Mathematics Department - Support for Ph.D. Students

Support for Ph.D. Students

Mathematics Graduate Program

Various forms of financial support are available for Ph.D. students during the academic year (September through May).

  • Teaching Assistantships. This is the most common form of support. Teaching assistants are generally assigned to calculus courses and are expected to do approximately 15 hours of work per week for the course. First year students typically have only grading duties and are required to participate in the spring T.A. training seminar. Teaching Assistantships are 9 month positions. Since fall 2013, the salary for a Mathematics Ph.D. student teaching assistant has been approximately $26,000, and includes full tuition, fees and medical coverage.
  • Graduate Assistantships. These are positions that are generally offered by faculty members using funds from research grants. The salary and benefits are normally the same as those for teaching assistants. The duties of the graduate assistant vary, and should be discussed with the sponsoring faculty member. Entering Ph.D. students are rarely considered for Graduate Assistantships.
  • University Fellowships for entering students There are some fellowships that are awarded on a university-wide basis to entering students. Students who apply to the Ph.D. program are automatically considered for these fellowships. They are normally only available for U.S. citizens and permanent residents. These fellowships include a stipend of up to $35,000 as well as tuition (some fellowships do not cover fees, which are about $1500 per year) and medical coverage.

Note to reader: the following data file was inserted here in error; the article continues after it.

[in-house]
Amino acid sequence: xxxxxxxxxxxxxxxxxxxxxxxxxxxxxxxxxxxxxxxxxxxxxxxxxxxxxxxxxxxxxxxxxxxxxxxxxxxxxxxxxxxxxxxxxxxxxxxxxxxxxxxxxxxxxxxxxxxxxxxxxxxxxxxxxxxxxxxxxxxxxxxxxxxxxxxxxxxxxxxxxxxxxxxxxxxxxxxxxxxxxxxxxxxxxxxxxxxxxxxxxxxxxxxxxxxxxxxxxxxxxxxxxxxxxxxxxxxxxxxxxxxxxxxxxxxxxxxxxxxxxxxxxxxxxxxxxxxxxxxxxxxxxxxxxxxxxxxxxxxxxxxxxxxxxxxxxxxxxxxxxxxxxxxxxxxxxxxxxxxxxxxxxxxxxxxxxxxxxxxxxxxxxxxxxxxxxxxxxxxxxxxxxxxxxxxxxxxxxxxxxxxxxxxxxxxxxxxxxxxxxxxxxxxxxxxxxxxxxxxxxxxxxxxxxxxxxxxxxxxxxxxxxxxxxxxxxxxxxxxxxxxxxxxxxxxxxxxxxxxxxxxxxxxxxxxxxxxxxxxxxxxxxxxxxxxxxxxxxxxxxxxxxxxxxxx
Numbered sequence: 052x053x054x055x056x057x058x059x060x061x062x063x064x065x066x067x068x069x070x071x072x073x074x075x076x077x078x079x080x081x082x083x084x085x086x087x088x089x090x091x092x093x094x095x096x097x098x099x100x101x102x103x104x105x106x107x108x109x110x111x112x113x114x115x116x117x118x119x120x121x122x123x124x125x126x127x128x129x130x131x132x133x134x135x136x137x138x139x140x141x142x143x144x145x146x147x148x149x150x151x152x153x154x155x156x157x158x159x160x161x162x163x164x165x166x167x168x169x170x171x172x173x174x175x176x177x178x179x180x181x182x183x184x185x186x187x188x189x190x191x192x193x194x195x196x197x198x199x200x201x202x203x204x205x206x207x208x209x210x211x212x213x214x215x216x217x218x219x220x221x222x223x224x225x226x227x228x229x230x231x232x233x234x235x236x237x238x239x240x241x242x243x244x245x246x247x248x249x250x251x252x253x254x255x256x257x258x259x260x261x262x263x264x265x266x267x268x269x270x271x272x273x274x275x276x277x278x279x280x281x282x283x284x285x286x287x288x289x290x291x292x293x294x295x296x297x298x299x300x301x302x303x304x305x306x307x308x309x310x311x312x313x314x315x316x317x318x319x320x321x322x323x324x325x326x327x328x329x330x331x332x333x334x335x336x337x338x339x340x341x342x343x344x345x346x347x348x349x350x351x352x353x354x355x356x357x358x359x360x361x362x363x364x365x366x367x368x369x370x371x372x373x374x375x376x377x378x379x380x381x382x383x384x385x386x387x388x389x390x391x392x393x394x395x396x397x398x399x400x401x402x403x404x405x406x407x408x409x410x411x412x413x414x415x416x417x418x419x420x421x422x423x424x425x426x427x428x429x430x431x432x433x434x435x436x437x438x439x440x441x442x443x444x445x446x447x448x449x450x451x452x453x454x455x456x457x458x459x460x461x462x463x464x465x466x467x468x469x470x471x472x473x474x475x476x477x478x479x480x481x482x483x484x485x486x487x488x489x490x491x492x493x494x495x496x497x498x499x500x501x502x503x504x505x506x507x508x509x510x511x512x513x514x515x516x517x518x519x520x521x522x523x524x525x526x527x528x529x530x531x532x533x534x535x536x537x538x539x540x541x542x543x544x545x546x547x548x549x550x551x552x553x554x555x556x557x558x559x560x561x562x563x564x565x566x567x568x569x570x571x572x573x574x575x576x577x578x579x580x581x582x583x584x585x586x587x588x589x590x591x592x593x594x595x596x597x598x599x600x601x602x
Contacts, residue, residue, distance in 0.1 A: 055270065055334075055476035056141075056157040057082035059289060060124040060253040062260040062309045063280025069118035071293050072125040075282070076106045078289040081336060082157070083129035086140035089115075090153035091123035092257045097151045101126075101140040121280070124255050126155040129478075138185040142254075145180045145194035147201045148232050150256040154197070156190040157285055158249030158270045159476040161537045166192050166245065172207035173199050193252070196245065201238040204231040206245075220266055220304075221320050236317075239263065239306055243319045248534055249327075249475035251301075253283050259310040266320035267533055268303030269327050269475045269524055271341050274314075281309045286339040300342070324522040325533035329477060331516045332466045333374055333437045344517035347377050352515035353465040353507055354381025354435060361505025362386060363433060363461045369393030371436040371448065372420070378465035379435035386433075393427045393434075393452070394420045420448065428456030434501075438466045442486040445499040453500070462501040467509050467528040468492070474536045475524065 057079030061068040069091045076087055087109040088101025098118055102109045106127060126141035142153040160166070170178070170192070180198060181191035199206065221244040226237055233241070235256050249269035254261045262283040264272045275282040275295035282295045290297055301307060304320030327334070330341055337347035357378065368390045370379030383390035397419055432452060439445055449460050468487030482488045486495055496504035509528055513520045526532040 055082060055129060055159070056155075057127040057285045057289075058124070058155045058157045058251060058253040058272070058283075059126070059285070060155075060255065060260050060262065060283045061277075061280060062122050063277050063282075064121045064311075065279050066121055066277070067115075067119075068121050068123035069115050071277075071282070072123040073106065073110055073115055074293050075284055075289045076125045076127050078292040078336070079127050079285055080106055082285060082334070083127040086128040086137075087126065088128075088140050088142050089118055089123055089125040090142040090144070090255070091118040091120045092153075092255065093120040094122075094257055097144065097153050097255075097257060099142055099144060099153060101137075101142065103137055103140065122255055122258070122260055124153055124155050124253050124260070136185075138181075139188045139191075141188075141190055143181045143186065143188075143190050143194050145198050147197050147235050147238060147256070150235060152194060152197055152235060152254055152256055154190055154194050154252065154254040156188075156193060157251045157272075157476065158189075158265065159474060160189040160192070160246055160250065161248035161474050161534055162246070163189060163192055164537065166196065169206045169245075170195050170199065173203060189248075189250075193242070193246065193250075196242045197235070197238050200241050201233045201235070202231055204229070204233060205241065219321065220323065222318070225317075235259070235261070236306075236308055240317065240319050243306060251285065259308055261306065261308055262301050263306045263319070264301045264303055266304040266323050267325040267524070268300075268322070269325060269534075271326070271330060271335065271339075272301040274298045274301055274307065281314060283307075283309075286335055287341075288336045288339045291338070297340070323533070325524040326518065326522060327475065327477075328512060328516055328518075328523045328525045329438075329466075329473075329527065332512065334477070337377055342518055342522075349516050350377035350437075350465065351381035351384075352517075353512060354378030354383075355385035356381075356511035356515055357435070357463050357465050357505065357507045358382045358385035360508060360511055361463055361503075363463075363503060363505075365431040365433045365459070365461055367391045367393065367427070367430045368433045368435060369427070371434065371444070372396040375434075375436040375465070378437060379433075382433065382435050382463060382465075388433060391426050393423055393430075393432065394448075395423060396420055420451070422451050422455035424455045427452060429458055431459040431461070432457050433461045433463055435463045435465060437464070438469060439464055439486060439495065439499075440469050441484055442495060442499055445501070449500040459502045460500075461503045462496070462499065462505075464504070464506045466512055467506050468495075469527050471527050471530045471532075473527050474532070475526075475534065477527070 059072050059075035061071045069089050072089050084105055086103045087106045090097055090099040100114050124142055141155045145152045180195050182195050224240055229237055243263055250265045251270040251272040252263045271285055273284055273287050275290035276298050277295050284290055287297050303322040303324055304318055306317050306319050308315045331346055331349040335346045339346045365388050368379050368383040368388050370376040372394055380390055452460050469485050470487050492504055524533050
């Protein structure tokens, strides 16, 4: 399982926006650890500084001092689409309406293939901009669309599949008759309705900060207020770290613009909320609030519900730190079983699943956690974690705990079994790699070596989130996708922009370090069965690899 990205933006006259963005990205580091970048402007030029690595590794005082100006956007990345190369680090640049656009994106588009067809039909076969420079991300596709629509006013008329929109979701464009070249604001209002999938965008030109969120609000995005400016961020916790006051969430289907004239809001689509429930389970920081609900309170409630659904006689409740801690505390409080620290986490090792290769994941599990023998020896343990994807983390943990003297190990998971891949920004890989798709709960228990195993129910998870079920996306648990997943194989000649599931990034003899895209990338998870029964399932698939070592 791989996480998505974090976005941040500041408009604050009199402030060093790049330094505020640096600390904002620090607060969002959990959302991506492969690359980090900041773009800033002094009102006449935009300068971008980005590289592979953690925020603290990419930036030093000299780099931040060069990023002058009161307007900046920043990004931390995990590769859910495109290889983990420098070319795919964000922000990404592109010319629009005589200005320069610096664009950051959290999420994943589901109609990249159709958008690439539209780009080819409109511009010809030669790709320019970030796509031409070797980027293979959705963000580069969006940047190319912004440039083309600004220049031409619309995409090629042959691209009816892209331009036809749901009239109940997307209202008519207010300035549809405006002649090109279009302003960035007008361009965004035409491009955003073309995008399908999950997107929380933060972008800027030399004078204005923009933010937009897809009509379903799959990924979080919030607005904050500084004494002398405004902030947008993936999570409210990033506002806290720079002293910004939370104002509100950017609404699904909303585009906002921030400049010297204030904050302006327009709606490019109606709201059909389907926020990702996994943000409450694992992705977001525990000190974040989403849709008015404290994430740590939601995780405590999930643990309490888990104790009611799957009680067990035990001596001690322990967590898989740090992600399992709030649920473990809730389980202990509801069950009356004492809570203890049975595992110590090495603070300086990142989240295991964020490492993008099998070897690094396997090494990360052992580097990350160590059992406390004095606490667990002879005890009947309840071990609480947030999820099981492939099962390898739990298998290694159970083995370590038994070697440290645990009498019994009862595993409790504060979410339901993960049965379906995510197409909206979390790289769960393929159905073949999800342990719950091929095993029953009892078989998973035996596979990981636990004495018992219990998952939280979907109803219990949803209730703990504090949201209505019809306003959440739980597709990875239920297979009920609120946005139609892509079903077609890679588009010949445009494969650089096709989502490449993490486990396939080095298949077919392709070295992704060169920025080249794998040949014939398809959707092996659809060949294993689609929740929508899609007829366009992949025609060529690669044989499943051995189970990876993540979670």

• University dissertation fellowships These are university-wide fellowships available on a limited basis to students who are expected to complete their dissertation during the year of the fellowship.
  • School of Arts and Sciences fellowships These are funded by the School of Arts and Sciences and adminstered by the department, are usually offered as a two year package, for year 1 and year 4. These fellowships include a stipend of $25,000 or more, as well as tuition (these fellowships do not cover fees, which are about $1500 per year) and medical coverage.
  • Departmental Externally funded Fellowships These are fellowships that are available when the department is fortunate enough to be awarded certain external grants. For students entering in Fall 2013 through Fall 2016, there are several GAANN fellowships available.
  • Departmental Weill Fellowships The department is fortunate to have an endowment, from Maurice M. and Adrienne R. Weill that is generally used to provide supplementary support for first year graduate students and some second year graduate students.

Information about potential support over the Summer can be found here.

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